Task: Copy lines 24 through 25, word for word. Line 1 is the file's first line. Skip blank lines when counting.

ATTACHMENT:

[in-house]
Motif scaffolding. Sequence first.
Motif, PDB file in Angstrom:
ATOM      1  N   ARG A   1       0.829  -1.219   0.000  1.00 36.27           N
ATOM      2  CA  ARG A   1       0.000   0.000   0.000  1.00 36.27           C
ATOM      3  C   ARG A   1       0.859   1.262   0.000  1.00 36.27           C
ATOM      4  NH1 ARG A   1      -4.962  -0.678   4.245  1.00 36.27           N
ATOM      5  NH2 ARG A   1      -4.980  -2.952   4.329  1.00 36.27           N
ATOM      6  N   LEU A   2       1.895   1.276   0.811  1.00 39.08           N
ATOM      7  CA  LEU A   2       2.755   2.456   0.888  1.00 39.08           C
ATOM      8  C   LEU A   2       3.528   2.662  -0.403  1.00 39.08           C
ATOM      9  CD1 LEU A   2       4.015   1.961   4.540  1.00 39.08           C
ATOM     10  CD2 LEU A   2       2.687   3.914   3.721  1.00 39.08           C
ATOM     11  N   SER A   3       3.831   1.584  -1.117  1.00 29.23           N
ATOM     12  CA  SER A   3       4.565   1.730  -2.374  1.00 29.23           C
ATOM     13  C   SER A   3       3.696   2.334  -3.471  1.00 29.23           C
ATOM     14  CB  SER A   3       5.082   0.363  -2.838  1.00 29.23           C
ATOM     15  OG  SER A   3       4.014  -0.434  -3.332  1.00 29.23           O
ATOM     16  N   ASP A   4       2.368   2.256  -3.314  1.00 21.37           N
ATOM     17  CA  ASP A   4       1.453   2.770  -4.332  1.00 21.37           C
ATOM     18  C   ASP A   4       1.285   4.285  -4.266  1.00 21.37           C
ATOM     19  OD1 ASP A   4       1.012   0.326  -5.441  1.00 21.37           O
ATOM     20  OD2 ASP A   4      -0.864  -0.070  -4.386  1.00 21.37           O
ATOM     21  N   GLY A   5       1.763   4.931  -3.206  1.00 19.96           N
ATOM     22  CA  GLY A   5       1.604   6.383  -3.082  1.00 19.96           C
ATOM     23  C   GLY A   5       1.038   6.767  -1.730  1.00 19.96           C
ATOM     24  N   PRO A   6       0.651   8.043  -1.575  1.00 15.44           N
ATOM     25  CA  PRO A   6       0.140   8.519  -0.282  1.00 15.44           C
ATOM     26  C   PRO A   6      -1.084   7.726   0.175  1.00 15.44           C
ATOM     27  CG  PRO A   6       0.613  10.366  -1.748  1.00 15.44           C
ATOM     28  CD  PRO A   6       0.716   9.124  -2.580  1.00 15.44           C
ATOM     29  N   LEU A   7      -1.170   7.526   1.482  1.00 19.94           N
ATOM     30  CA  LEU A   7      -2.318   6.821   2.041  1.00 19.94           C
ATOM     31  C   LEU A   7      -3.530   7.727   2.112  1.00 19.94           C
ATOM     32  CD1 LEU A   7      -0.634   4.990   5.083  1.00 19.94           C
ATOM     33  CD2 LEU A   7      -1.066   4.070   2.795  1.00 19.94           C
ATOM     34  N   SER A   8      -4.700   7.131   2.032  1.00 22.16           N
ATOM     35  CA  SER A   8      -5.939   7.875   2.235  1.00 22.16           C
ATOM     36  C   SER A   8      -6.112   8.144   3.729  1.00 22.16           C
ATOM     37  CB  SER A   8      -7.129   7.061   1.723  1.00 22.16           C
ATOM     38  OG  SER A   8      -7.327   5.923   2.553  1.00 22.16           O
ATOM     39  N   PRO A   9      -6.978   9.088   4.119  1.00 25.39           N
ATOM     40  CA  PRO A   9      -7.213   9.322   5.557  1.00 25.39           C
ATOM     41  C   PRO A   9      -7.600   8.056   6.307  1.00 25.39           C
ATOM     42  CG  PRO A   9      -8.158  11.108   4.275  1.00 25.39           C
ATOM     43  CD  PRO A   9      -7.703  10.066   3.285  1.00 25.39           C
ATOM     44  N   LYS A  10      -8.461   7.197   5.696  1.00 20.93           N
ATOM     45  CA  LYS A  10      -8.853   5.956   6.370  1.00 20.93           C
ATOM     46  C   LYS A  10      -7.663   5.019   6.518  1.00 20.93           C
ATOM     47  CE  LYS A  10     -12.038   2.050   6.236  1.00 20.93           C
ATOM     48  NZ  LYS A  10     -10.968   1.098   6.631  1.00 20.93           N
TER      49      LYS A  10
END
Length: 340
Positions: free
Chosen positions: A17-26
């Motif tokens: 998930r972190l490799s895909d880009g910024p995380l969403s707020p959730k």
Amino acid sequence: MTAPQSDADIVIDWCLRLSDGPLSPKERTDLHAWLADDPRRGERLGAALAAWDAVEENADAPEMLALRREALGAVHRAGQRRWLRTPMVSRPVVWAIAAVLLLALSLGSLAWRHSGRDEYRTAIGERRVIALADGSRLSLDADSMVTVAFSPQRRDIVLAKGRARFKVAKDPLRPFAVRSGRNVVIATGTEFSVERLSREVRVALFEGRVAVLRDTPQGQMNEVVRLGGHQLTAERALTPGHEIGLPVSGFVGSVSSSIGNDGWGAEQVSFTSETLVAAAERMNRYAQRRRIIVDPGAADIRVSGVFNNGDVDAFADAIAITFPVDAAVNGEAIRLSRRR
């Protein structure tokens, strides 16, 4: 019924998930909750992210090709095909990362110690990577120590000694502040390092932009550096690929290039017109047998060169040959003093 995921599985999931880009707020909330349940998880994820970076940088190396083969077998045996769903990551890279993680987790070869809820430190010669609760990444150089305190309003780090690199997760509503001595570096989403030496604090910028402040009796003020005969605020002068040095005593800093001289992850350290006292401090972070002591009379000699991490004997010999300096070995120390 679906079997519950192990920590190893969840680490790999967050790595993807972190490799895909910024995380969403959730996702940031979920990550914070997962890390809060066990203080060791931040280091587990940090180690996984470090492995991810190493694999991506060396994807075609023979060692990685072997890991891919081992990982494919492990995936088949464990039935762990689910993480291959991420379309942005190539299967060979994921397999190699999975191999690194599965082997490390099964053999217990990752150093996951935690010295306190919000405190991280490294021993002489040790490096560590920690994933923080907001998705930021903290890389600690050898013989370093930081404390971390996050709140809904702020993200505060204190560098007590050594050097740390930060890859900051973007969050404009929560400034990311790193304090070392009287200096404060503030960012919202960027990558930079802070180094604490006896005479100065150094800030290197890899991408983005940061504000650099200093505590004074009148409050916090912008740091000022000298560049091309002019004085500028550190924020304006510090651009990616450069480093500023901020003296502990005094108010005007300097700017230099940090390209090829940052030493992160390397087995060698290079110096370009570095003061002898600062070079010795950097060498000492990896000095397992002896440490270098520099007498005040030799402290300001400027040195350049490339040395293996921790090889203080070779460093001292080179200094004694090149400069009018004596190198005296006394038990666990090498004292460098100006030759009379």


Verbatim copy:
ATOM     21  N   GLY A   5       1.763   4.931  -3.206  1.00 19.96           N
ATOM     22  CA  GLY A   5       1.604   6.383  -3.082  1.00 19.96           C